Weekly Round-up of National Critics’ Restaurant Reviews by Oliver Thring, 3/10

Welcome to Oliver Thring’s weekly round-up of national critics’ restaurant reviews.

Ducksoup, London

The first review of Ducksoup I’ve seen comes from Richard Godwin, who became ‘rhapsodic’ at the place. Quail was ‘bracingly vermillion and oozingly succulent’ and roast pork with clams and fennel ‘heroic’. It’s ‘mood-alteringly good’, and I can’t wait to go.

Lizzie Mabbott also visited, finding the raw ceps with lardo and Berkswell ‘excellent’ and that quail ‘exemplary’. ‘Not a cheap everyday lunch’ but she’s ‘keen to go back’.

Zoe Williams: Cut on Park Lane ‘yells luxury’. Crab and lobster cocktail was ‘improbably delicious’, and though calf’s liver was undercooked, steak was very good, if ‘beyond enormous’. ‘The excellent bits were off the scale.’

Mount Fuji is a Japanese restaurant near the Honda plant in Swindon. It’s ‘pleasant and very relaxed’, says John Lanchester, though nobody visits it to ‘scale culinary heights’. Slow-cooked pork belly with mustard was ‘superb’, though teriyaki and yakitory were ‘very sweet’. ‘Perfectly decent.’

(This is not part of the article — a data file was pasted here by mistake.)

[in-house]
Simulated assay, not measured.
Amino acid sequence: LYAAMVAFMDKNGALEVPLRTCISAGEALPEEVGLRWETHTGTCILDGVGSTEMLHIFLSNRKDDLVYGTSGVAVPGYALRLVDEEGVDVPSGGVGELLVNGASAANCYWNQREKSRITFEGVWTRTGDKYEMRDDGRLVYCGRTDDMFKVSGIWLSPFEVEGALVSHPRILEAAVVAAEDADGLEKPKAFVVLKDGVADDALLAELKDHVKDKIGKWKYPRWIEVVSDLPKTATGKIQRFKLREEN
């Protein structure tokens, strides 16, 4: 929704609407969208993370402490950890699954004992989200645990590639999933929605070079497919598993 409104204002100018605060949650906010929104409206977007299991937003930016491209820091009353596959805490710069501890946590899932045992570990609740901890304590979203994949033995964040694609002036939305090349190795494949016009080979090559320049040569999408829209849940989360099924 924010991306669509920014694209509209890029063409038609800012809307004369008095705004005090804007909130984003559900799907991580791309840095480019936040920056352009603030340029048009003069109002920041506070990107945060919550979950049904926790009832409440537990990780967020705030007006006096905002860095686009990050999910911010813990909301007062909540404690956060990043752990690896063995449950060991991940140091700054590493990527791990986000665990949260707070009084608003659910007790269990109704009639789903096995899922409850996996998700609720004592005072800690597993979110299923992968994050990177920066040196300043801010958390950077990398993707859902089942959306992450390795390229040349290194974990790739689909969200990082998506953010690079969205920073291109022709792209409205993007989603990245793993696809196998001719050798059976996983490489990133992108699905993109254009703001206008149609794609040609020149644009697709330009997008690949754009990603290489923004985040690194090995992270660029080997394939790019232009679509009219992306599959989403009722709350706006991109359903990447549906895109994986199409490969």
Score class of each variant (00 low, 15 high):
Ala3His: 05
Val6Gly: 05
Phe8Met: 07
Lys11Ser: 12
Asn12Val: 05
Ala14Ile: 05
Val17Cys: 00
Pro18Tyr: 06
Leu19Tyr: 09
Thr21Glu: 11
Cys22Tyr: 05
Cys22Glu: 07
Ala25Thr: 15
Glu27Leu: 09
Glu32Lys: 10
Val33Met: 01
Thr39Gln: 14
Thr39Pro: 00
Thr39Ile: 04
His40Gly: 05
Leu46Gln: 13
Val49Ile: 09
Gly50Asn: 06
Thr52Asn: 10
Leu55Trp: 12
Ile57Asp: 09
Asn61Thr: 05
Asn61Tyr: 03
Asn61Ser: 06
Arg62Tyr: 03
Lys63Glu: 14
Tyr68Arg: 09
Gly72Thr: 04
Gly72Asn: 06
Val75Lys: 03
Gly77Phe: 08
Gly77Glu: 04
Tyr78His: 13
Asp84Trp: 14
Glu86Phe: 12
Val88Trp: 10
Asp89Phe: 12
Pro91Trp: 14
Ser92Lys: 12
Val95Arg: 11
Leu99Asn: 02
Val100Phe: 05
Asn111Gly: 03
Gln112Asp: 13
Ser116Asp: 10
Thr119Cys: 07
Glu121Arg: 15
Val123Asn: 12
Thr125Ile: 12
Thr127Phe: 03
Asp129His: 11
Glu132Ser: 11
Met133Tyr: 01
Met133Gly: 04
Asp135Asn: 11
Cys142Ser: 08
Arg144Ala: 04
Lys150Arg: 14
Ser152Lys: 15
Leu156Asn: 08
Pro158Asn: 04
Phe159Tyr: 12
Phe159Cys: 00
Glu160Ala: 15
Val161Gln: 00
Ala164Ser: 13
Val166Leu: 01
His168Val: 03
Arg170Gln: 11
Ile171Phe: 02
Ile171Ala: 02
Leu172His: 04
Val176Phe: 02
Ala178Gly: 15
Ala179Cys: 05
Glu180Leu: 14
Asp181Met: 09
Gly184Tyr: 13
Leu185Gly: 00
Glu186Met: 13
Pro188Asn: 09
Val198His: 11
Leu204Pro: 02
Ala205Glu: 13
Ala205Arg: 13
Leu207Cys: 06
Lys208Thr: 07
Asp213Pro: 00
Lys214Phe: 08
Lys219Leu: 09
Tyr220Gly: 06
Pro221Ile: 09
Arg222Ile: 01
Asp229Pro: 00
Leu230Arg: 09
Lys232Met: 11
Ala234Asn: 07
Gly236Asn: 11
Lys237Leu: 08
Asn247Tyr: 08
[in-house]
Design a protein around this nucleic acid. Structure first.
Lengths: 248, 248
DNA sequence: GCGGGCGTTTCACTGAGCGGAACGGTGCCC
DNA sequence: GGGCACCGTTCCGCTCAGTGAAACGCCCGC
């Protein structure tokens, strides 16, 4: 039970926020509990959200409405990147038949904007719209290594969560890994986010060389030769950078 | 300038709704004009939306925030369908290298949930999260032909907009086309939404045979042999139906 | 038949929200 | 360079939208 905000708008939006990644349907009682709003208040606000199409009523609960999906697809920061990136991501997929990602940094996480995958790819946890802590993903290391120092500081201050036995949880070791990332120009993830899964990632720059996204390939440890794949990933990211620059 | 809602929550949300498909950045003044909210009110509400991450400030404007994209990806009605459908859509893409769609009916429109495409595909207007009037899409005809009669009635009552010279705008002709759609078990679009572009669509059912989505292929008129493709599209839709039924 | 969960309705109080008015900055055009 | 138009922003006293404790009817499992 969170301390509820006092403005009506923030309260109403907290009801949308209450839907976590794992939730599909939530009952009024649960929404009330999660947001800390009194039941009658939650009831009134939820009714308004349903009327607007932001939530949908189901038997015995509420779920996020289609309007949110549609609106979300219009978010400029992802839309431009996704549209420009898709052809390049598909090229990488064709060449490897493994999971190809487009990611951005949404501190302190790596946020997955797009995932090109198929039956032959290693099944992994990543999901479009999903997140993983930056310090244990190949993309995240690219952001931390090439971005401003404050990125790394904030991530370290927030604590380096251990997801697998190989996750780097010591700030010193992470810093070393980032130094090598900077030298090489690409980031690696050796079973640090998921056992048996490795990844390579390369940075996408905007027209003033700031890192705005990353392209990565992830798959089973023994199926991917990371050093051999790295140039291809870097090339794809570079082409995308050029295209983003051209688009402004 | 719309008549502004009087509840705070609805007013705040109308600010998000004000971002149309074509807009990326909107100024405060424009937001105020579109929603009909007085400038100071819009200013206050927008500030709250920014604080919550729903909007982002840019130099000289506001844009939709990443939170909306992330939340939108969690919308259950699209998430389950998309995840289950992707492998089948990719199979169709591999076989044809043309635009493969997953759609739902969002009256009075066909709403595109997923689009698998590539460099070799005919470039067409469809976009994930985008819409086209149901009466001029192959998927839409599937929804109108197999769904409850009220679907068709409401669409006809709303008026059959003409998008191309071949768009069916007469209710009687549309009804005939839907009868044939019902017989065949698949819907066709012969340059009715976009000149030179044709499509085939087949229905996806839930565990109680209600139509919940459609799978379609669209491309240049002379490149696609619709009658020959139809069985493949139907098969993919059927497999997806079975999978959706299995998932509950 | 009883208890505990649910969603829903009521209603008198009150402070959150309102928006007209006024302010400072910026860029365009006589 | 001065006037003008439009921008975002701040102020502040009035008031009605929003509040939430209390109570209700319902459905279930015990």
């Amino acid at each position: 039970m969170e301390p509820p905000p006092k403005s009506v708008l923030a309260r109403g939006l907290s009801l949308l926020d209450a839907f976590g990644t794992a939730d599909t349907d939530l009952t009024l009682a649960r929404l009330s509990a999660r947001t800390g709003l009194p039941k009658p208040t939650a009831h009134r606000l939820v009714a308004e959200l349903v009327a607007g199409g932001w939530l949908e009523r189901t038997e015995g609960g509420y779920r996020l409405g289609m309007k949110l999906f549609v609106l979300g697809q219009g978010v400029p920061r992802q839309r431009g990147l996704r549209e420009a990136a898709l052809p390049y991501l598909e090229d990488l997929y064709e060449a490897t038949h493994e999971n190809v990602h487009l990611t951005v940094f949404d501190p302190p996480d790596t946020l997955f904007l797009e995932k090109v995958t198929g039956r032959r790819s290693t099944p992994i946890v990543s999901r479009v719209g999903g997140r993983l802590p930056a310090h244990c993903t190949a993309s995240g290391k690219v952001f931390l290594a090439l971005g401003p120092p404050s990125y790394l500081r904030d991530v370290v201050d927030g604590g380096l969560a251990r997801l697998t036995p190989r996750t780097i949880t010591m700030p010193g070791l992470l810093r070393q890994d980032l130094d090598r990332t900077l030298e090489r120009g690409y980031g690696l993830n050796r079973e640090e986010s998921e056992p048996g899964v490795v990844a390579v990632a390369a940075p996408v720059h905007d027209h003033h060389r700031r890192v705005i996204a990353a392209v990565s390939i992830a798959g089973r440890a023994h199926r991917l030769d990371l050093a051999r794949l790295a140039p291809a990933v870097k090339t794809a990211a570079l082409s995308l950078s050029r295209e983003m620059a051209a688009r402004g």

Eating at the St John hotel is ‘a genuinely uplifting experience’, according to Andy Lynes. Skate wing was ‘cooked to perfection’, and though rabbit was ‘dry’, apple and Calvados trifle was ‘a star dish’. ‘Service is charmingly attentive … the room crackles with energy’. 

Jay Rayner is at the new and ‘terribly mediocre’ Bistro du Vin in Soho. Onglet was ‘OK, but chips were limp and dull’ and ‘desserts were gloomy’. The wine list is ‘intriguing’ but overall this is a ‘major disappointment’

Galoupet, per Amol Rajan, ‘looks like a spaceship designed by oenophile aliens’. The food is ‘underwhelming’: chilli pork ribeye with cucumber, coriander and lime had ‘serviceable components, but they don’t associate to mutual advantage’, and wine markups were ‘depressing’.

AA Gill is ‘incandescently outraged’ at Nopi’s prices, though ‘the atmosphere is jolly and welcoming’. Catalan tart was ‘hot and delicious’, cheesecake with beetroot a ‘mess’, rabbit pastilla ‘not nice’, and sea trout and bulgur wheat tartare ‘the best of lunch’. It’s a ‘long, long way north of good value’.

Christopher Hirst visits Tontine in North Yorkshire, ‘a persuasive rendition of a Parisian bistro’. Rump of lamb with borlotti beans was ‘terrific’ and lemon posset ‘addictively tangy’. The place is ‘excellent value’.

Giles Coren ‘loved’ Gurkha Cuisine in Chatham. Chicken chilli was ‘vibrant’, dahl ‘full-bodied’, and ‘the traditionally dressed waitresses were lovely’.

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